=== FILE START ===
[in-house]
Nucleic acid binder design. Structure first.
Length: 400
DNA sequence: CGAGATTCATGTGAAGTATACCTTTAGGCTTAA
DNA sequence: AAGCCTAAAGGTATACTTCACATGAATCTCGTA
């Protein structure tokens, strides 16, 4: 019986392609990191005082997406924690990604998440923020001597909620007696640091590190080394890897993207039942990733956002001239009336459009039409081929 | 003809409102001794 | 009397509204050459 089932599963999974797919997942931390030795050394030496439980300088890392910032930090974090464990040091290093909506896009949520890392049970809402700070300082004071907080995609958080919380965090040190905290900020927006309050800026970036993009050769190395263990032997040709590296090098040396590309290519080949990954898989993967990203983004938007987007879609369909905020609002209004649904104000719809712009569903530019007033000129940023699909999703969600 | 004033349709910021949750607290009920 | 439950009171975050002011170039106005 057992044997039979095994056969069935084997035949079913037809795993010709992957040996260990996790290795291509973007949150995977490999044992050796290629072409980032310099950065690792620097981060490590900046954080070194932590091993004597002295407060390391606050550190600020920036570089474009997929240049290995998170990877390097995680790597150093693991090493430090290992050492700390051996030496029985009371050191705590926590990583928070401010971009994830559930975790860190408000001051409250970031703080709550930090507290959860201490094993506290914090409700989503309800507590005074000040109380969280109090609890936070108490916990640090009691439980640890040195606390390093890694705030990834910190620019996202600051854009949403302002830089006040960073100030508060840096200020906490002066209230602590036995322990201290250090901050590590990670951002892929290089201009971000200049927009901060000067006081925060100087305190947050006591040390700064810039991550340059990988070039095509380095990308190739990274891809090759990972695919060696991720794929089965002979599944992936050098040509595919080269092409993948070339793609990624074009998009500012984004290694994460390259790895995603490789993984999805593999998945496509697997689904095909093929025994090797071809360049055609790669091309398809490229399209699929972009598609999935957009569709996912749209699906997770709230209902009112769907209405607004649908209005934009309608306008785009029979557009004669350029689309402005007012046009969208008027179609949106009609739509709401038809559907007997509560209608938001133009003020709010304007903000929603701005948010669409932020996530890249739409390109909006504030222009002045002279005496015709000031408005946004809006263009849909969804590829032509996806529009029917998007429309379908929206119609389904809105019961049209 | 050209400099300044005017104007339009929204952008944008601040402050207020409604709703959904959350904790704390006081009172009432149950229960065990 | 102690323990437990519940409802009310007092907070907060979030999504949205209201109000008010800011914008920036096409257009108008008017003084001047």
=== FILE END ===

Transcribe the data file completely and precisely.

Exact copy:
[in-house]
Nucleic acid binder design. Structure first.
Length: 400
DNA sequence: CGAGATTCATGTGAAGTATACCTTTAGGCTTAA
DNA sequence: AAGCCTAAAGGTATACTTCACATGAATCTCGTA
């Protein structure tokens, strides 16, 4: 019986392609990191005082997406924690990604998440923020001597909620007696640091590190080394890897993207039942990733956002001239009336459009039409081929 | 003809409102001794 | 009397509204050459 089932599963999974797919997942931390030795050394030496439980300088890392910032930090974090464990040091290093909506896009949520890392049970809402700070300082004071907080995609958080919380965090040190905290900020927006309050800026970036993009050769190395263990032997040709590296090098040396590309290519080949990954898989993967990203983004938007987007879609369909905020609002209004649904104000719809712009569903530019007033000129940023699909999703969600 | 004033349709910021949750607290009920 | 439950009171975050002011170039106005 057992044997039979095994056969069935084997035949079913037809795993010709992957040996260990996790290795291509973007949150995977490999044992050796290629072409980032310099950065690792620097981060490590900046954080070194932590091993004597002295407060390391606050550190600020920036570089474009997929240049290995998170990877390097995680790597150093693991090493430090290992050492700390051996030496029985009371050191705590926590990583928070401010971009994830559930975790860190408000001051409250970031703080709550930090507290959860201490094993506290914090409700989503309800507590005074000040109380969280109090609890936070108490916990640090009691439980640890040195606390390093890694705030990834910190620019996202600051854009949403302002830089006040960073100030508060840096200020906490002066209230602590036995322990201290250090901050590590990670951002892929290089201009971000200049927009901060000067006081925060100087305190947050006591040390700064810039991550340059990988070039095509380095990308190739990274891809090759990972695919060696991720794929089965002979599944992936050098040509595919080269092409993948070339793609990624074009998009500012984004290694994460390259790895995603490789993984999805593999998945496509697997689904095909093929025994090797071809360049055609790669091309398809490229399209699929972009598609999935957009569709996912749209699906997770709230209902009112769907209405607004649908209005934009309608306008785009029979557009004669350029689309402005007012046009969208008027179609949106009609739509709401038809559907007997509560209608938001133009003020709010304007903000929603701005948010669409932020996530890249739409390109909006504030222009002045002279005496015709000031408005946004809006263009849909969804590829032509996806529009029917998007429309379908929206119609389904809105019961049209 | 050209400099300044005017104007339009929204952008944008601040402050207020409604709703959904959350904790704390006081009172009432149950229960065990 | 102690323990437990519940409802009310007092907070907060979030999504949205209201109000008010800011914008920036096409257009108008008017003084001047």